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409PH

Greg White

Nuclear Waste

2011

Trawsfynydd nuclear power station (Welsh: Atomfa Trawsfynydd) is a former Magnox power station situated in Snowdonia National Park in Gwynedd, Wales. The plant, which became operational in 1965, was the only nuclear power station in the UK to be built inland, with cooling water that was taken from the man-made Llyn Trawsfynydd reservoir. It was closed in 1991. Work to completely decommission the site is expected to take almost 100 years.

The power station, which takes its name from the nearby village of Trawsfynydd, was designed by Basil Spence. The construction, which was undertaken by a consortium involving Crompton Parkinson, International Combustion, Fairey Engineering and Richardsons Westgarth, and known as the Atomic Power Constructions (APC), began in July 1959, and both of the reactors were in operation by March 1965, with the station opening fully in October 1968, at a cost of £103 million. It had two Magnox reactors producing 470 megawatts (MW) in total. The reactors were supplied by APC and the turbines by Richardsons Westgarth. The civil engineering work was undertaken by Holland, Hannen & Cubitts and Trollope & Colls. The architectural consultant for the buildings was Sir Basil Spence and the landscape architect was Sylvia Crowe.

Nuclear flasks were transported to Trawsfynydd on a section of the former Bala to Blaenau Ffestiniog railway that had been closed in January 1961. A single track was restored northwards with an entirely new line through the centre of Blaenau Ffestiniog that connected to the Conwy Valley branch. In 1963-4 a “Goliath” gantry crane was installed over sidings about 12 mi (0.80 km) east of the power station. Beginning on 20 April 1964, nuclear flasks could be transported by rail between destinations such as Sellafield in Cumbria. The last regular departure was on 8 August 1995. The last train to carry nuclear material from Trawsfynydd left on 22 April 1997 hauled by EWS Loco 37426. The line was subsequently mothballed. In 2016 enthusiasts, who want to create a heritage railway, began clearing vegetation along the route.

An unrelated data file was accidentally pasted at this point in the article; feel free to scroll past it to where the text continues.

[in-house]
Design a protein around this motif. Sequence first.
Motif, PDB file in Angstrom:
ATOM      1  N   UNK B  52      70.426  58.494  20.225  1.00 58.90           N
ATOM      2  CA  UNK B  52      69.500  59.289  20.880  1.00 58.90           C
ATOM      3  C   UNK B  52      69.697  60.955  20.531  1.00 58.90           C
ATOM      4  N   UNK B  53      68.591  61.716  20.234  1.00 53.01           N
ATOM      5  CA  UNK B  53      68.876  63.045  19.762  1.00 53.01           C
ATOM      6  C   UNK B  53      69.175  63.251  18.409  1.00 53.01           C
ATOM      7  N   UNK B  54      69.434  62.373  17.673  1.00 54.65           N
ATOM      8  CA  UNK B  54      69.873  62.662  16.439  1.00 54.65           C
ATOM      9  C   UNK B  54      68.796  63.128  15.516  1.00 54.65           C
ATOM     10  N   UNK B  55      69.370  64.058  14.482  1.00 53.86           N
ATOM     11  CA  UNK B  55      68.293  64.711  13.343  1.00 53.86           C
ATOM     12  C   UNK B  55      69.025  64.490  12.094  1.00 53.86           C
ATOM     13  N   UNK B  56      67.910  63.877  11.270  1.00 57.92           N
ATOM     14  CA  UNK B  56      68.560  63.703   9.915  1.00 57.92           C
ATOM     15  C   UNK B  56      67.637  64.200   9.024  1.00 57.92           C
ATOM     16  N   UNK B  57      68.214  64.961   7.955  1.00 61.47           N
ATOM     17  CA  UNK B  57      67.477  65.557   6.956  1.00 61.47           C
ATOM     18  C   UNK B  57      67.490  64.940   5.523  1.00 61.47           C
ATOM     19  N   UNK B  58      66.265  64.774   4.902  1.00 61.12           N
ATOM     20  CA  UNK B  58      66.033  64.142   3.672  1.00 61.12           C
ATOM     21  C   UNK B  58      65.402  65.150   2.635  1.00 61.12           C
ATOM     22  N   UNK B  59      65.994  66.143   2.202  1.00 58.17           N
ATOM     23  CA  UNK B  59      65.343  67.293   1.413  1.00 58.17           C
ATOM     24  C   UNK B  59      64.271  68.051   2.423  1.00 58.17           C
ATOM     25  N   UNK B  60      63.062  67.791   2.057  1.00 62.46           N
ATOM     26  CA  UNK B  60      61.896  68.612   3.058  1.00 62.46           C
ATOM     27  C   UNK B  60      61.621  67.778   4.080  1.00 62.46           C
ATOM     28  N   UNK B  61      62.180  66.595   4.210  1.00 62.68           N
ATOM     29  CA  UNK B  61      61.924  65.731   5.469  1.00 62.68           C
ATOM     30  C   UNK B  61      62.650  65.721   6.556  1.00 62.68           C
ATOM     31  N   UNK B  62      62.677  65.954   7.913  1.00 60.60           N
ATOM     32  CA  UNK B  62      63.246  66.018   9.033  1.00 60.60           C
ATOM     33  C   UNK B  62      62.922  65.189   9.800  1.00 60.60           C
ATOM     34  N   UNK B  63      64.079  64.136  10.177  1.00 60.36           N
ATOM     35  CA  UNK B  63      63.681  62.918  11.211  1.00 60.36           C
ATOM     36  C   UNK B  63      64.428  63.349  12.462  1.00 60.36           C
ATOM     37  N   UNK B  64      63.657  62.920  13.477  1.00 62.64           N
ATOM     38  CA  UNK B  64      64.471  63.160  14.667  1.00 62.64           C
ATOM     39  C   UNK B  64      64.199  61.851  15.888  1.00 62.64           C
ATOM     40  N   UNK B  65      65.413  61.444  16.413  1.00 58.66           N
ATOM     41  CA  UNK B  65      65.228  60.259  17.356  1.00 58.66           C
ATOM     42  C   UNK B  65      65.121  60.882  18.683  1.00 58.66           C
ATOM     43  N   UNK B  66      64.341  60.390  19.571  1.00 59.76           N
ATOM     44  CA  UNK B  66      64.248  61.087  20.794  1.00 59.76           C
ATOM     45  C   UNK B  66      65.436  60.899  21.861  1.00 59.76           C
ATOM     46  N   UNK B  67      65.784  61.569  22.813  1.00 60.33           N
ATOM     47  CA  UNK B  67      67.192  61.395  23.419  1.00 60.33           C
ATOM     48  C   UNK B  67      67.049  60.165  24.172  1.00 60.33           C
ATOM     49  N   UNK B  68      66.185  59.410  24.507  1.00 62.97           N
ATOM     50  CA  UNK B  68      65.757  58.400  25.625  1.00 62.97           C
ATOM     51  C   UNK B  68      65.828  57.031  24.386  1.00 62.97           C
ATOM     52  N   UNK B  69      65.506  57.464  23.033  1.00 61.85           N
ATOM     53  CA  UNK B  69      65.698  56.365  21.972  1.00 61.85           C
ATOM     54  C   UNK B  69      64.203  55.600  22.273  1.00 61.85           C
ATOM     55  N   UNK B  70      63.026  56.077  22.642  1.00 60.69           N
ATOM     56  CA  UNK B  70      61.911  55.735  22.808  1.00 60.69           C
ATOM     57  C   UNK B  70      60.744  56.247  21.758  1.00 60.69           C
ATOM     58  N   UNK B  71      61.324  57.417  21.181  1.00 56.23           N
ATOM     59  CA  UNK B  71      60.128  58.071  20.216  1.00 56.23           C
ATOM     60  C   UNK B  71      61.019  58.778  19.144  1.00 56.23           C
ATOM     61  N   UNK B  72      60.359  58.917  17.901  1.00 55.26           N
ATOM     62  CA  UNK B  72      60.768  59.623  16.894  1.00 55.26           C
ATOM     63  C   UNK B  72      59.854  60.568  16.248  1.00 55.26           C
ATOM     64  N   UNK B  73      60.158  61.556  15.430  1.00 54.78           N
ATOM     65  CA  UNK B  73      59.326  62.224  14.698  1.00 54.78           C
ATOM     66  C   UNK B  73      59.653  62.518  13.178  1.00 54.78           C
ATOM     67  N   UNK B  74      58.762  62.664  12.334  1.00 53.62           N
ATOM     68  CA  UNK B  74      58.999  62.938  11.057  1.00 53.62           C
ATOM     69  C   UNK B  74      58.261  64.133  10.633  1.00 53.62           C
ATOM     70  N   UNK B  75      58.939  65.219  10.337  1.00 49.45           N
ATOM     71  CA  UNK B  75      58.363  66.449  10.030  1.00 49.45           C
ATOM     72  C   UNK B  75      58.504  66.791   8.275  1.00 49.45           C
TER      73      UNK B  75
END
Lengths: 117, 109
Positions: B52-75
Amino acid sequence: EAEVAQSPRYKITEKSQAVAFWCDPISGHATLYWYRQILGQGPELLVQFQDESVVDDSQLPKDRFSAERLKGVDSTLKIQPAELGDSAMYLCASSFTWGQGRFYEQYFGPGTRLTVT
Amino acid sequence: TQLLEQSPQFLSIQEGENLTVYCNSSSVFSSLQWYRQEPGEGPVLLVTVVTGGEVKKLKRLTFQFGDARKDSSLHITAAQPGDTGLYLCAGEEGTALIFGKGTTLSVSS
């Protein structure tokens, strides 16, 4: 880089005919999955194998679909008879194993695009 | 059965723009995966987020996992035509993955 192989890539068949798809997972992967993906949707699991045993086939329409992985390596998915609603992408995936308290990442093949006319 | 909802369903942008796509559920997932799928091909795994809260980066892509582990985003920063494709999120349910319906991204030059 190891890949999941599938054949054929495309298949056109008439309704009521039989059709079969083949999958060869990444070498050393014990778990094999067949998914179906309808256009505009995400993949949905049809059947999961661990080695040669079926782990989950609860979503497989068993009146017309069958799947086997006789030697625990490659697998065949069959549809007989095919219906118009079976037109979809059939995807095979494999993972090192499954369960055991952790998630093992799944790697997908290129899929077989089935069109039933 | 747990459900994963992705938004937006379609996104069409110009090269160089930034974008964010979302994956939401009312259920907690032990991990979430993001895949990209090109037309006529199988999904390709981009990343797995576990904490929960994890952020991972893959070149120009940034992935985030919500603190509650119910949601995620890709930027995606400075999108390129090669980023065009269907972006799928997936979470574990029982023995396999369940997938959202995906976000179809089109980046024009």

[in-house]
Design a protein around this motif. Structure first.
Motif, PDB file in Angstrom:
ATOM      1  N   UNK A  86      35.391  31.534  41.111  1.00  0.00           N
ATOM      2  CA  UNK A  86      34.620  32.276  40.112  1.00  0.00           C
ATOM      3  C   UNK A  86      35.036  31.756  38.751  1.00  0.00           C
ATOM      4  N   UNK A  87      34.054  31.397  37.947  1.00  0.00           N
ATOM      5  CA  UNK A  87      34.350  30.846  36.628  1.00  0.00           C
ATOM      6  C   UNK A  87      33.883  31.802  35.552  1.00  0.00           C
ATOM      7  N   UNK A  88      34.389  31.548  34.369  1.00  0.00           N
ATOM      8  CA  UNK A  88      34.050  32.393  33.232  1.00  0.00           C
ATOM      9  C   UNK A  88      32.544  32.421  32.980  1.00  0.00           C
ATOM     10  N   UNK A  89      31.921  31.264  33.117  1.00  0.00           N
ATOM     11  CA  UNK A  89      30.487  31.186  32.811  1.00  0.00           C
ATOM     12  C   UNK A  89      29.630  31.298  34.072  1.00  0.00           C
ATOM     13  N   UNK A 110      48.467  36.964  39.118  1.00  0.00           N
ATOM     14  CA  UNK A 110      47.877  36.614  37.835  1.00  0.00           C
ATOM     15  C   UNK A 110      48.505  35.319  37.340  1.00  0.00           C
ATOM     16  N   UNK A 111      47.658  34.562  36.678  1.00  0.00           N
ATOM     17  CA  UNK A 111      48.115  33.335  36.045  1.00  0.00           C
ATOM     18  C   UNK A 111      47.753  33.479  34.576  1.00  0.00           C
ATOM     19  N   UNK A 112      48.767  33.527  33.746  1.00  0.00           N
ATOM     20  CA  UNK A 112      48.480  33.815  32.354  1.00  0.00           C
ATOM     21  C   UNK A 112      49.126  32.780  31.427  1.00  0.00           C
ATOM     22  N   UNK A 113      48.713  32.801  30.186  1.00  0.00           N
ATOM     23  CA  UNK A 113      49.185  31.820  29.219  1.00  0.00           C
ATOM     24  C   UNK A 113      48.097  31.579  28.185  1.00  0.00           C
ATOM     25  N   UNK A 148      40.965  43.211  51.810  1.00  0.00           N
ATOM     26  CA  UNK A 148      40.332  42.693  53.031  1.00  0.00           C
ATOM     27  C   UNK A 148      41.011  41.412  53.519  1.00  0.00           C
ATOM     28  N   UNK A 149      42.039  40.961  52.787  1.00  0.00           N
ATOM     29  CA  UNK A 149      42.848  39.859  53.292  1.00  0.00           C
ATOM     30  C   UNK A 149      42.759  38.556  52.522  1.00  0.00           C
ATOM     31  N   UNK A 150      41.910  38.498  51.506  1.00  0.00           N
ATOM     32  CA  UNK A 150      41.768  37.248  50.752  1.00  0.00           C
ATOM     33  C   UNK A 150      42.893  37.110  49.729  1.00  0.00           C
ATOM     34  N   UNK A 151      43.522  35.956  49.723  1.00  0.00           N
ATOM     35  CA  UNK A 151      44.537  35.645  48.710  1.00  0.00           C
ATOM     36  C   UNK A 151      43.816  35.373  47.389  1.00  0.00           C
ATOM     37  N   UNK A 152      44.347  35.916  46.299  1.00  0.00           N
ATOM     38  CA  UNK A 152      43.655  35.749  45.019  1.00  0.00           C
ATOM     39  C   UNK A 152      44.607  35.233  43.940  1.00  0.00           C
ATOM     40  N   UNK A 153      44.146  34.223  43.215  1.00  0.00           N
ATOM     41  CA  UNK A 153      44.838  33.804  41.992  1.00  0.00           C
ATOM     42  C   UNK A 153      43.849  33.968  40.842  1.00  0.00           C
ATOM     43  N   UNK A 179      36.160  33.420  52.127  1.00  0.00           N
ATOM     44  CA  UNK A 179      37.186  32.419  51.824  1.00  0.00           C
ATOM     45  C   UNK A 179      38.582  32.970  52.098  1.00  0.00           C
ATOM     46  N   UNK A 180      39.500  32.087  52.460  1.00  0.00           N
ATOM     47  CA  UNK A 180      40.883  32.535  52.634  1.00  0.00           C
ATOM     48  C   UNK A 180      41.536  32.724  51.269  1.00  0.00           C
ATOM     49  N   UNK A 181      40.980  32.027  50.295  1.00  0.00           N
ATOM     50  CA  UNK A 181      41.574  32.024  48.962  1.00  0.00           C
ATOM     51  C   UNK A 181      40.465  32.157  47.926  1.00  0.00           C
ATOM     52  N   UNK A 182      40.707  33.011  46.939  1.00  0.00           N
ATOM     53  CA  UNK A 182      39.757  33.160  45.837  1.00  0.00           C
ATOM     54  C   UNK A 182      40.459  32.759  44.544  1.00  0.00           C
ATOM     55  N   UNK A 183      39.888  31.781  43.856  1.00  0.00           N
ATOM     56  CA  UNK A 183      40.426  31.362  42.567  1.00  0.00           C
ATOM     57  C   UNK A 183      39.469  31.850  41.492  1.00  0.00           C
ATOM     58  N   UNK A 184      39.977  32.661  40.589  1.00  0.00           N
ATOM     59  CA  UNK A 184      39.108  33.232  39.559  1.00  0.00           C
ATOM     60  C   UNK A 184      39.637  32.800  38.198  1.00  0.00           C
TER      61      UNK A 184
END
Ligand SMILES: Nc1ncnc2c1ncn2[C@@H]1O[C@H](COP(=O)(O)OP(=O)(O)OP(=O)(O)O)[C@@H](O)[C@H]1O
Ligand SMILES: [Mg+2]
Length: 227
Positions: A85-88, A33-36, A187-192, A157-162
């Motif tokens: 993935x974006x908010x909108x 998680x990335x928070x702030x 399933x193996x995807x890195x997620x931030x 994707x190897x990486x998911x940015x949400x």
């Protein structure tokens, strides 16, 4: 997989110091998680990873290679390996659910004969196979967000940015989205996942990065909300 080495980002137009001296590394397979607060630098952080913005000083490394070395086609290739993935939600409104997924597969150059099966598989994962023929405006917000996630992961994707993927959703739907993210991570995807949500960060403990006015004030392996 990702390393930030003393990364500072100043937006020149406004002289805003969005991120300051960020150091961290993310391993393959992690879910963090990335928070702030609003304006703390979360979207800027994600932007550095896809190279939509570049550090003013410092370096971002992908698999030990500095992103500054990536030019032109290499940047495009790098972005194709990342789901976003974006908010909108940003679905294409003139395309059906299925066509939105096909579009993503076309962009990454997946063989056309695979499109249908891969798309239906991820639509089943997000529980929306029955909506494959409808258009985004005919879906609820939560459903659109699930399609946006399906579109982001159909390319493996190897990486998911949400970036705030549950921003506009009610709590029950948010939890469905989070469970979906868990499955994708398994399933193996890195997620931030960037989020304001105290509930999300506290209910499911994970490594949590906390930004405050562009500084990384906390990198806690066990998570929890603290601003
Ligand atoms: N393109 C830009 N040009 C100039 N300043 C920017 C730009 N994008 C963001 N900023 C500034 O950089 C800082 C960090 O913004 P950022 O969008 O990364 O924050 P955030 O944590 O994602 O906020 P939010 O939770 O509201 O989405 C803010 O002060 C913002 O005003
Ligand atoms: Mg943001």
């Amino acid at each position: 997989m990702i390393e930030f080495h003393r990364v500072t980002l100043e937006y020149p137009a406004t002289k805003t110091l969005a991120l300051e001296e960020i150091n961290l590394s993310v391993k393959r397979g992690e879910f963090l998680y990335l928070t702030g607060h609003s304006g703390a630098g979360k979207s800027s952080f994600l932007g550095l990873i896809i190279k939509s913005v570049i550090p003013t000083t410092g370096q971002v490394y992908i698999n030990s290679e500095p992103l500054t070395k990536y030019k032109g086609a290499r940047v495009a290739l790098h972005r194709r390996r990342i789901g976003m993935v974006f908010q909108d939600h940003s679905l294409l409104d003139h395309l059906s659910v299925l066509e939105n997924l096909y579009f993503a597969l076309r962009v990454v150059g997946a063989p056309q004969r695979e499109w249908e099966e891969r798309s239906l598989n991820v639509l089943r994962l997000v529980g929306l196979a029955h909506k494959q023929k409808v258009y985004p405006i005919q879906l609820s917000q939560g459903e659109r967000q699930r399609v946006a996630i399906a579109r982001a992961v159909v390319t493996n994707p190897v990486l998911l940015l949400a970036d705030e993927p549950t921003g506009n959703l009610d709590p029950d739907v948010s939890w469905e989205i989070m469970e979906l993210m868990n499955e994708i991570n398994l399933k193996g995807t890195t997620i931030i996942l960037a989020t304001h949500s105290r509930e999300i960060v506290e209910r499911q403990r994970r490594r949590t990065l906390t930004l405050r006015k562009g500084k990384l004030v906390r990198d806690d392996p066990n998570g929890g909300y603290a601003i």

Trawsfynydd was shut down in 1991. The Nuclear Decommissioning Authority has the responsibility of decommissioning the site. The work is expected to last decades.

Beginning in 1993, the highly-radioactive spent fuel rods were removed from both Magnox reactors and sent by rail to Sellafield. This was completed in 1997. Intermediate level waste - such as on the walls of the cooling ponds or pipes - have been carefully removed using robots over the next decades. Contaminated material is stored in a specially-designed building on the site. It will eventually be removed for deep burial in the 2040s. Between 2020 and 2026, the top parts of the two reactor buildings will be partially demolished to reduce their height. But the steel reactor cores - that housed the fuel rods - will not be removed because they are still far too radioactive. The final clearance of the site is scheduled to begin in 2071. By 2083 the area is expected to have been restored to its pre-nuclear state; 124 years after construction started and 92 years after the closure of Trawsfynydd power station.

Nuclear Waste
Nuclear Waste
Nuclear Waste
Nuclear Waste
Nuclear Waste
Nuclear Waste
Nuclear Waste
Nuclear Waste
Nuclear Waste
Nuclear Waste
52°55'29.5"N 3°56'54.4"W

Location: Gwynedd, United Kingdom

Text: Wikipedia


Posted: June 2018
Category: Photography

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